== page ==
- Associated Press - Friday, December 16, 2016

HUTCHINSON, Kan. (AP) - After the stroke Robert Calhoun thought his life was over.

A popular vocalist around Hutchinson over the years, Robert’s left side was paralyzed. Doctors didn’t believe he would walk, talk or ever sing again. But his determination to recover was so strong that five months later he was singing at Hutch Fest. Then eight months later he was singing the national anthem to kick off a Kansas City Royals game during “Strike-out Stroke Sunday.”

“Singing became my therapy,” Robert told The Hutchinson News (https://bit.ly/2gwfkWm ). “It was my ticket out and it continues to be.”

The stroke happened 22 years ago when Robert was 38. Thanks to his drive to continue to sing and remain open to love, he leads a very full life today.

Back in 1994, at the time of the stroke, he had been divorced for eight years. As he became more active he doubted a woman would ever want to have a relationship with him because of his disability.

“It’s one thing if you are married to someone who has a stroke,” Robert said, but he didn’t believe a woman would choose to start a relationship with a stroke victim.

He moved on with his life and joined the choir at Park Place Christian Church. Once again music became his saving grace.

Before long he was mesmerized by Rochelle Berkley, the church organist. Their paths had crossed over the years when they would sing together at weddings and funerals.

By the time he joined the choir, Rochelle’s husband Clay Berkley had died leaving her a widow for several years. She had dated. But, the Hutchinson Middle School music teacher was becoming content with her single life.

That was until Thanksgiving dinner at the church in 2007. Rochelle was looking for a place to sit and there was only one seat left next to Robert.

“I had been working up my nerve to ask her out,” he said. “She was very special.”

The moment arrived as she sat next to him. She said yes, after all they had the common interest of music. He invited her to a junior college game and other dates followed. They had lots of fun together. But she thought she wanted to remain single.

“I was persistent,” Robert said.

The Rev. Kim Biery, who was pastor at Park Place Christian Church at the time, could see what was happening.

“He had his eye on her. It was a match made in heaven,” Biery said. “Music is the expression of their souls and they are great performers. They share this love of music and the Lord, they really hit it off.”

Biery married the couple on Sept. 20, 2008. She admits as a pastor she doesn’t always see older couples so smitten with each other. More often she sees marriages of convenience. Two people find themselves single and decide they might as well get together. But, that’s not the case here.

“There’s a gleam in their eyes when they look at each other,” Biery said. She considered it an honor to be part of this special union.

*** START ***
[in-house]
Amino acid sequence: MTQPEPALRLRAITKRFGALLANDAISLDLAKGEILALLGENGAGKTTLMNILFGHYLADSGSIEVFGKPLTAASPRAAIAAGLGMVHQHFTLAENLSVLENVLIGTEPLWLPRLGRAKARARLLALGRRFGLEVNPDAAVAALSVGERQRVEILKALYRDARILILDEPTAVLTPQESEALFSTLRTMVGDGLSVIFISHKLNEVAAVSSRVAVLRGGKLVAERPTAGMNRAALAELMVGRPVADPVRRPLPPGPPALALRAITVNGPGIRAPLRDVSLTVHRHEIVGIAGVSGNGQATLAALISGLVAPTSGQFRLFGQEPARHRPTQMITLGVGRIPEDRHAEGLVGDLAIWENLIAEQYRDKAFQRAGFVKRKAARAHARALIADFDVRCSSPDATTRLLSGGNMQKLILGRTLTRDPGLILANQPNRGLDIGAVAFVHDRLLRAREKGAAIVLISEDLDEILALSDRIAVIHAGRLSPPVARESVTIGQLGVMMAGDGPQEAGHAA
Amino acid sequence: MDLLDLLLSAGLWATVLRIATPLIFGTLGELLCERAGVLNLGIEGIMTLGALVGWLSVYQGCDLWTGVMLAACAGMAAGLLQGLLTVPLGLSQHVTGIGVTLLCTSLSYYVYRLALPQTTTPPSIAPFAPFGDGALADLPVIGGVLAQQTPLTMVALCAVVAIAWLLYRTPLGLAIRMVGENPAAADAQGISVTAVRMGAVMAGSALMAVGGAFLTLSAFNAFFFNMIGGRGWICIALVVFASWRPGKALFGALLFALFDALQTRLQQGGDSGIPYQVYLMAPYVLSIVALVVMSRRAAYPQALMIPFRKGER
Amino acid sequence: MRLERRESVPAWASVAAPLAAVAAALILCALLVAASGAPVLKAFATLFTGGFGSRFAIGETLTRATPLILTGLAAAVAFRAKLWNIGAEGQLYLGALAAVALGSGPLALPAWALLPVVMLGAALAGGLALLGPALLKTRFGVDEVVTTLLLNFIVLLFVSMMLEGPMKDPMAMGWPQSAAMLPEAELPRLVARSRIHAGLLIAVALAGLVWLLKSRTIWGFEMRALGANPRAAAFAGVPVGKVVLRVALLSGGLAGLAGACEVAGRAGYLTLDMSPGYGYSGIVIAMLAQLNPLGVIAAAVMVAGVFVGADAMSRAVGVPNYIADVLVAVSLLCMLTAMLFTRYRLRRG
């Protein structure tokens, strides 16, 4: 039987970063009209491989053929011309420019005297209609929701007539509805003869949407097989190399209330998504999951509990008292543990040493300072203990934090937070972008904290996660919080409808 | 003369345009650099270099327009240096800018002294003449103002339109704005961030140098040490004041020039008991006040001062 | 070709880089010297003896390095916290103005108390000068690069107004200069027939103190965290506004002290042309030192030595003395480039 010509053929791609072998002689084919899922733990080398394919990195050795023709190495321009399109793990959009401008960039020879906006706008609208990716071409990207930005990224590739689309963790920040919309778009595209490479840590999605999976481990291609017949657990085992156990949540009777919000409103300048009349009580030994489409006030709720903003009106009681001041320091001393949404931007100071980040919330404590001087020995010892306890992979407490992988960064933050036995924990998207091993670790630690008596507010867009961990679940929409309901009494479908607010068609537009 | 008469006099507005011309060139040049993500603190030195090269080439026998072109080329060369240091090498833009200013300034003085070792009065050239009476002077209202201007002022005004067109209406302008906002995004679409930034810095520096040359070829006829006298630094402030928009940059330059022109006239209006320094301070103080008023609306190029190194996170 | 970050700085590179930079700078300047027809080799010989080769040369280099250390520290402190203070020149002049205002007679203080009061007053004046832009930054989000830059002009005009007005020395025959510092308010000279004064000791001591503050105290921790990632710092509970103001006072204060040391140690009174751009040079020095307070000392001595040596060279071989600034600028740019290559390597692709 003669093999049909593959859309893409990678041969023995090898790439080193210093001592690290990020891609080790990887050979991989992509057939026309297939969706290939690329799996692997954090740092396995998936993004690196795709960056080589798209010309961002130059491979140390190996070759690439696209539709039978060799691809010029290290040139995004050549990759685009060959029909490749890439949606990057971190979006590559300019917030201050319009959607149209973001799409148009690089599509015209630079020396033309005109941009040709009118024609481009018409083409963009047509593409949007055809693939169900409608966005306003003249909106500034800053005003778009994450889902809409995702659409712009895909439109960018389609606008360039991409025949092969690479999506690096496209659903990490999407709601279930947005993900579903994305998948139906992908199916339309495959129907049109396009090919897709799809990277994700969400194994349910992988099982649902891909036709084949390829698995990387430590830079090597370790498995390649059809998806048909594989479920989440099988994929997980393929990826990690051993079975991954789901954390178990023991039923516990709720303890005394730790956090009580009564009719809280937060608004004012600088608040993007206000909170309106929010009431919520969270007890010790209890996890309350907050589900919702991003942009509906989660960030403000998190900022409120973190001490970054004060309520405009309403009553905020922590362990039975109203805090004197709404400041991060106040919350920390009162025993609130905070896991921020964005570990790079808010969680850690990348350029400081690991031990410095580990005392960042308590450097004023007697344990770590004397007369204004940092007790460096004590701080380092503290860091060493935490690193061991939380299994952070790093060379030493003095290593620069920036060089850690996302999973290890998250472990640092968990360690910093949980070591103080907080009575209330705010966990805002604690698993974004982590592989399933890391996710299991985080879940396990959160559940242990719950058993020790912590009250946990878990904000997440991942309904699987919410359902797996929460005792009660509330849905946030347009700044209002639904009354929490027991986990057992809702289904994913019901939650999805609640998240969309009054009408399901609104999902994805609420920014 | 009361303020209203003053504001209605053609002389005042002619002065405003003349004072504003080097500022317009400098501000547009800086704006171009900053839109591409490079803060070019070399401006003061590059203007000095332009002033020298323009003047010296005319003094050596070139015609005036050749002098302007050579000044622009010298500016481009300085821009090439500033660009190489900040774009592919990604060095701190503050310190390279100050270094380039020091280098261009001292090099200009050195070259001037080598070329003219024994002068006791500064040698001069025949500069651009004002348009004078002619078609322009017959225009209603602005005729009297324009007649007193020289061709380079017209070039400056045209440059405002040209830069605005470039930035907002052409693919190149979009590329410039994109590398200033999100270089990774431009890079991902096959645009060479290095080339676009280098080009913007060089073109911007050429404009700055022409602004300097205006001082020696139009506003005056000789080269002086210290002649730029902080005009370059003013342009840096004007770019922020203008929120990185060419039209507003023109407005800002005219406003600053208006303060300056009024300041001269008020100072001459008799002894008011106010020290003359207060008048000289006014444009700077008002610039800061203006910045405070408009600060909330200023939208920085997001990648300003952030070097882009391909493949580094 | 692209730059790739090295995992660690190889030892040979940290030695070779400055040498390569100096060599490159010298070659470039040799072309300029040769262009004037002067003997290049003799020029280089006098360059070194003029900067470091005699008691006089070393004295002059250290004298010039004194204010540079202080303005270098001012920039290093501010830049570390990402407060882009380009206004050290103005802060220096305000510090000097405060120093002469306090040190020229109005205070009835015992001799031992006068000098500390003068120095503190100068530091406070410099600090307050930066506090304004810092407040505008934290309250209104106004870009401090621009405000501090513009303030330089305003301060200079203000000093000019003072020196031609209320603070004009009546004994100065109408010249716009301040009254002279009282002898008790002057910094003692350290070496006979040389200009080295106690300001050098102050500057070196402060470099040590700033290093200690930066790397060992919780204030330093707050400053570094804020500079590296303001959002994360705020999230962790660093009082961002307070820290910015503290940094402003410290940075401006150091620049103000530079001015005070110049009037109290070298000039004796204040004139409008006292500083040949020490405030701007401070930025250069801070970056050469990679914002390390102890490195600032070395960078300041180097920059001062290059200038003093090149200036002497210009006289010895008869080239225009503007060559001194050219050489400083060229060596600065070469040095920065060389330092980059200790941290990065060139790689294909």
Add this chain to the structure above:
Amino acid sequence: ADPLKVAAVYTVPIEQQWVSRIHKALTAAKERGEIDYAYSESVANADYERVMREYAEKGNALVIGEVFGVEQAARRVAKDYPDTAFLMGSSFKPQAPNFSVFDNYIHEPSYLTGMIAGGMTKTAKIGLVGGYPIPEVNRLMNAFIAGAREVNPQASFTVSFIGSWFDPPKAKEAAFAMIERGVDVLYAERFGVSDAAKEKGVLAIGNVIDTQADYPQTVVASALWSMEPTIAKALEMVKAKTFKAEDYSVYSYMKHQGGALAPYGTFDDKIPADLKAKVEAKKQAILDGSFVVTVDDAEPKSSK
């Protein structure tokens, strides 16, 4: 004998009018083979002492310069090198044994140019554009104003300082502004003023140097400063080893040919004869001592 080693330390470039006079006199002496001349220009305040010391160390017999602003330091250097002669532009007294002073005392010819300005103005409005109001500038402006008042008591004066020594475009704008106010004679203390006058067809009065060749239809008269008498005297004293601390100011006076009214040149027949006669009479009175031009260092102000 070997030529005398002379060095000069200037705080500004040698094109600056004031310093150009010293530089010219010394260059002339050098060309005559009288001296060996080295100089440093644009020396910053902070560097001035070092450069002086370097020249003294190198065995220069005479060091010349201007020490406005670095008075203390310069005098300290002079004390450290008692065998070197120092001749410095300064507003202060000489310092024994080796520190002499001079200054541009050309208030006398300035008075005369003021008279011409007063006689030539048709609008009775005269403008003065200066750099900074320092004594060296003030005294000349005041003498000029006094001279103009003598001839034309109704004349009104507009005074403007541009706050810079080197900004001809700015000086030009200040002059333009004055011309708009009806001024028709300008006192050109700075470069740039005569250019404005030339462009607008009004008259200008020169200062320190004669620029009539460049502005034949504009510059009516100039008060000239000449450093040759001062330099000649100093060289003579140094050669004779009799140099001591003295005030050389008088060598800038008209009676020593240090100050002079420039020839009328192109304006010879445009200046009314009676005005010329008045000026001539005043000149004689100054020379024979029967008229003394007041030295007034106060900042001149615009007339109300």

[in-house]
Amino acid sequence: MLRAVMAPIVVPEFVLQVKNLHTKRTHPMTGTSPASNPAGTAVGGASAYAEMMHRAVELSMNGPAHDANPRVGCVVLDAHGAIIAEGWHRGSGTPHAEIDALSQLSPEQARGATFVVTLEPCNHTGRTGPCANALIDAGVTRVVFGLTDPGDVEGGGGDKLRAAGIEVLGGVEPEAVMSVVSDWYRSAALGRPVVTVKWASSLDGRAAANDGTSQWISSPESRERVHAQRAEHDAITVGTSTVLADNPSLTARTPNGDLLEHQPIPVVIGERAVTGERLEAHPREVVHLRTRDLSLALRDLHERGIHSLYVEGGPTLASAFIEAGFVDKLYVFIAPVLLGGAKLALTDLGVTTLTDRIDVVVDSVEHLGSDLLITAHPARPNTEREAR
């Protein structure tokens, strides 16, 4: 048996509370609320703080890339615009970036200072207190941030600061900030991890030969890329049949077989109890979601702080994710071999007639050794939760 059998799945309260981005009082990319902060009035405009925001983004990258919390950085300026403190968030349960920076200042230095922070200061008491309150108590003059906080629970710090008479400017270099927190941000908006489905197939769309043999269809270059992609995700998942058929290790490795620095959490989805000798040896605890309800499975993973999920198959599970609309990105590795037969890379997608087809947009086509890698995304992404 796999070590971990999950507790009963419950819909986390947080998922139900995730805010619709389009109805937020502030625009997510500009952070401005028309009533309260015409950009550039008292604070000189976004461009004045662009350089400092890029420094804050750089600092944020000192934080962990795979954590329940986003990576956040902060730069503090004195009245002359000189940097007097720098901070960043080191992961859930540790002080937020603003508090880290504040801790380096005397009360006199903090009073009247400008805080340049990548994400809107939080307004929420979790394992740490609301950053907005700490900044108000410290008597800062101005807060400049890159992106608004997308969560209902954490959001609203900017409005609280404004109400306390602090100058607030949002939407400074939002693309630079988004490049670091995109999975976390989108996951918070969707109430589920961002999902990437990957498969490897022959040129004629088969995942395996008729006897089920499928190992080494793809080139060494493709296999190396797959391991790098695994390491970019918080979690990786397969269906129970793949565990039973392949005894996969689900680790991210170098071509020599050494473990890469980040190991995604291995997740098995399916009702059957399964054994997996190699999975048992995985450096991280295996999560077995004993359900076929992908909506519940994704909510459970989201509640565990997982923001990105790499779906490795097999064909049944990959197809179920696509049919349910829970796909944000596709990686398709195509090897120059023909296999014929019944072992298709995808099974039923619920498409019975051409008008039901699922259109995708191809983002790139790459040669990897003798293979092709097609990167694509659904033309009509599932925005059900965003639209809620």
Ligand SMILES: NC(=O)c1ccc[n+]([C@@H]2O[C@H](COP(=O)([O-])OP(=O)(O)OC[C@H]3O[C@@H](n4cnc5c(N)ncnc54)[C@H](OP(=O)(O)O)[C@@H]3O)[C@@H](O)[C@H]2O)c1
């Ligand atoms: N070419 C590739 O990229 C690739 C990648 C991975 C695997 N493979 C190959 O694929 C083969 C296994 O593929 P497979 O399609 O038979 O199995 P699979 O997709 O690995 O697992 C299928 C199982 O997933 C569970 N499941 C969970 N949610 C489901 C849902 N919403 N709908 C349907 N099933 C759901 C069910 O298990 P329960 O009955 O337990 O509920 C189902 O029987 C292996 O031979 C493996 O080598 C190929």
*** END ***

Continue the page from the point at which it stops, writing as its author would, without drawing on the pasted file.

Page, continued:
They sang to each other on their wedding day and for the past eight years have been performing together. They consider “Surely the presence of the Lord is in this place,” their special song.

Rochelle was content behind the piano, but Robert was persistent that he wanted her out front singing with him. She continues accompanying and coaching at Prairie Hills Middle School and remains the church organist.

Now on Sundays they go separate ways. She is at the organ at Park Place Christian Church and he is the music director at Countryside Baptist Church.

Robert is grateful she was open to loving him despite his disability. He believes God brought them together at the right time in their lives.

“The man is supposed to be the strength of the family,” Robert said. “I wake up and she has to tie my shoes. It’s humbling. But it’s life.”

Rochelle says she forgets her husband has a disability.

There was a time he would wear a stroke t-shirt. Rochelle tossed it out. She didn’t want him to feel like a victim. Because of her, he says, his days are better.

They blended their families and children and great grandchildren are learning that not everyone has two arms and legs that work, Rochelle said.

Their love continues to grow.

“Every time she plays the piano I fall in love all over again,” he said.

“He is such a romantic,” she said, adding he writes her poetry.

For the past four years Robert has once again become a familiar voice singing the National Anthem at Hutchinson Community College sporting events and Monarch games. Just recently he made a career change leaving Commercial Sound after 20 years and is now with Strategic Financial Concepts, Inc., helping others plan their futures.

Their singing together just gets better just like their life.

“She has a wonderful ability to blend,” Robert said. “I am amazed at how smooth the harmonies are, just like silk.”

___

Information from: The Hutchinson (Kan.) News, https://www.hutchnews.com

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